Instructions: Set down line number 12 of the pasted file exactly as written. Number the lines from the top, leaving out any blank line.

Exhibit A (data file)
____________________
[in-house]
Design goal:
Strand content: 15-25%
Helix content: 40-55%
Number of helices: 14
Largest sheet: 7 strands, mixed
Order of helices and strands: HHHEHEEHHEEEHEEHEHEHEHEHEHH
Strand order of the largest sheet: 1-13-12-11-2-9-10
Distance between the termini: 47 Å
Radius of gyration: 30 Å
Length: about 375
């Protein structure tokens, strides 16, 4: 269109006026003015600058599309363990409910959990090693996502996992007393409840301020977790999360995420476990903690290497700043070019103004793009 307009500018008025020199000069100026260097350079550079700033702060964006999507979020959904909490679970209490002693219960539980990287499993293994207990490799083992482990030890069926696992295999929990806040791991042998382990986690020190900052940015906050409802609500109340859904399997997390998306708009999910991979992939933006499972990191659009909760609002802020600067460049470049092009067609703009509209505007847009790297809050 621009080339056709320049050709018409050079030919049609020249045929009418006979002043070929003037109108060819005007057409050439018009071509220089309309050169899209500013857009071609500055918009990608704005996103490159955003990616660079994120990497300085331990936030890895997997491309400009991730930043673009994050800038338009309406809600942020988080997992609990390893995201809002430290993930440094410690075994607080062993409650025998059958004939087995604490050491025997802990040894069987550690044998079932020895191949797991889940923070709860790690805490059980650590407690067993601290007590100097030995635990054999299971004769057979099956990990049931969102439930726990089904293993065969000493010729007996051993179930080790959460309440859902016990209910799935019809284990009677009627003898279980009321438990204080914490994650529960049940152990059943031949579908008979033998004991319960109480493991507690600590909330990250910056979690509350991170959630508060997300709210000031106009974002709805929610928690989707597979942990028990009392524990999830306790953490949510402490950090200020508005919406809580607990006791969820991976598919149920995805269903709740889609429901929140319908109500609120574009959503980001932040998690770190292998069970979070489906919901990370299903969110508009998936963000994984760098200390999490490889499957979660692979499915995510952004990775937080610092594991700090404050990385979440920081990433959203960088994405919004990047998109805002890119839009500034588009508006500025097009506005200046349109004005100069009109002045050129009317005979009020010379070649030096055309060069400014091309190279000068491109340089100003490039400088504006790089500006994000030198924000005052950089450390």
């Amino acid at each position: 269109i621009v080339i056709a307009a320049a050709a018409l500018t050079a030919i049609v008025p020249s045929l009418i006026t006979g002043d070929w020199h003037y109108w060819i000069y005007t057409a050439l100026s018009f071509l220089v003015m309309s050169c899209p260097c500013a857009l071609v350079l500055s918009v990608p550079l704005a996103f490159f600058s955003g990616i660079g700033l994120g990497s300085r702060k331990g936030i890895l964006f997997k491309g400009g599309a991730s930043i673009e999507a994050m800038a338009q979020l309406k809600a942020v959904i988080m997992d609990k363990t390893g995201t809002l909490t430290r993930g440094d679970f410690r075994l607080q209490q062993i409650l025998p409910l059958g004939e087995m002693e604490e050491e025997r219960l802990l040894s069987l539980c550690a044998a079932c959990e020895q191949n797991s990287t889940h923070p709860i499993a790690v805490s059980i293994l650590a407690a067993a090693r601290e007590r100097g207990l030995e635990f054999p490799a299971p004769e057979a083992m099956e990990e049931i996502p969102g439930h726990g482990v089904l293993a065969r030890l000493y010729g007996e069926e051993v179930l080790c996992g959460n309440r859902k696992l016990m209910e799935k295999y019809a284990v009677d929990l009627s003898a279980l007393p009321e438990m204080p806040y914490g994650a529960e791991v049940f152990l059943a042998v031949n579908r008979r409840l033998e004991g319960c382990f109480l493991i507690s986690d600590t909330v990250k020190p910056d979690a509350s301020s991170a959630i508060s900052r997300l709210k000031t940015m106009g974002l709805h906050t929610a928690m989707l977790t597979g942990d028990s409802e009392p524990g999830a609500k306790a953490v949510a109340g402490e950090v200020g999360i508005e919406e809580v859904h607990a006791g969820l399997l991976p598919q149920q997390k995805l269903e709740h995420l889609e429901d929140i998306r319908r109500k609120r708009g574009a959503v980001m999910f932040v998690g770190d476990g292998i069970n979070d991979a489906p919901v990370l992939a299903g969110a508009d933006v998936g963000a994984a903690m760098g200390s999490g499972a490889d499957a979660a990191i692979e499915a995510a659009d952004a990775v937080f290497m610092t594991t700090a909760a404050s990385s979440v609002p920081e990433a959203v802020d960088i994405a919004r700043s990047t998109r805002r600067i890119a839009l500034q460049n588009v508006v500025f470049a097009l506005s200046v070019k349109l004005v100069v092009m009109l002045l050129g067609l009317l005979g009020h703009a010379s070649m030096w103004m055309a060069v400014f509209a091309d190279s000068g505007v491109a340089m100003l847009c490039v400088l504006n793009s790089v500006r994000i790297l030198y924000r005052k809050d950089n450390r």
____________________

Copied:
């Protein structure tokens, strides 16, 4: 269109006026003015600058599309363990409910959990090693996502996992007393409840301020977790999360995420476990903690290497700043070019103004793009 307009500018008025020199000069100026260097350079550079700033702060964006999507979020959904909490679970209490002693219960539980990287499993293994207990490799083992482990030890069926696992295999929990806040791991042998382990986690020190900052940015906050409802609500109340859904399997997390998306708009999910991979992939933006499972990191659009909760609002802020600067460049470049092009067609703009509209505007847009790297809050 621009080339056709320049050709018409050079030919049609020249045929009418006979002043070929003037109108060819005007057409050439018009071509220089309309050169899209500013857009071609500055918009990608704005996103490159955003990616660079994120990497300085331990936030890895997997491309400009991730930043673009994050800038338009309406809600942020988080997992609990390893995201809002430290993930440094410690075994607080062993409650025998059958004939087995604490050491025997802990040894069987550690044998079932020895191949797991889940923070709860790690805490059980650590407690067993601290007590100097030995635990054999299971004769057979099956990990049931969102439930726990089904293993065969000493010729007996051993179930080790959460309440859902016990209910799935019809284990009677009627003898279980009321438990204080914490994650529960049940152990059943031949579908008979033998004991319960109480493991507690600590909330990250910056979690509350991170959630508060997300709210000031106009974002709805929610928690989707597979942990028990009392524990999830306790953490949510402490950090200020508005919406809580607990006791969820991976598919149920995805269903709740889609429901929140319908109500609120574009959503980001932040998690770190292998069970979070489906919901990370299903969110508009998936963000994984760098200390999490490889499957979660692979499915995510952004990775937080610092594991700090404050990385979440920081990433959203960088994405919004990047998109805002890119839009500034588009508006500025097009506005200046349109004005100069009109002045050129009317005979009020010379070649030096055309060069400014091309190279000068491109340089100003490039400088504006790089500006994000030198924000005052950089450390």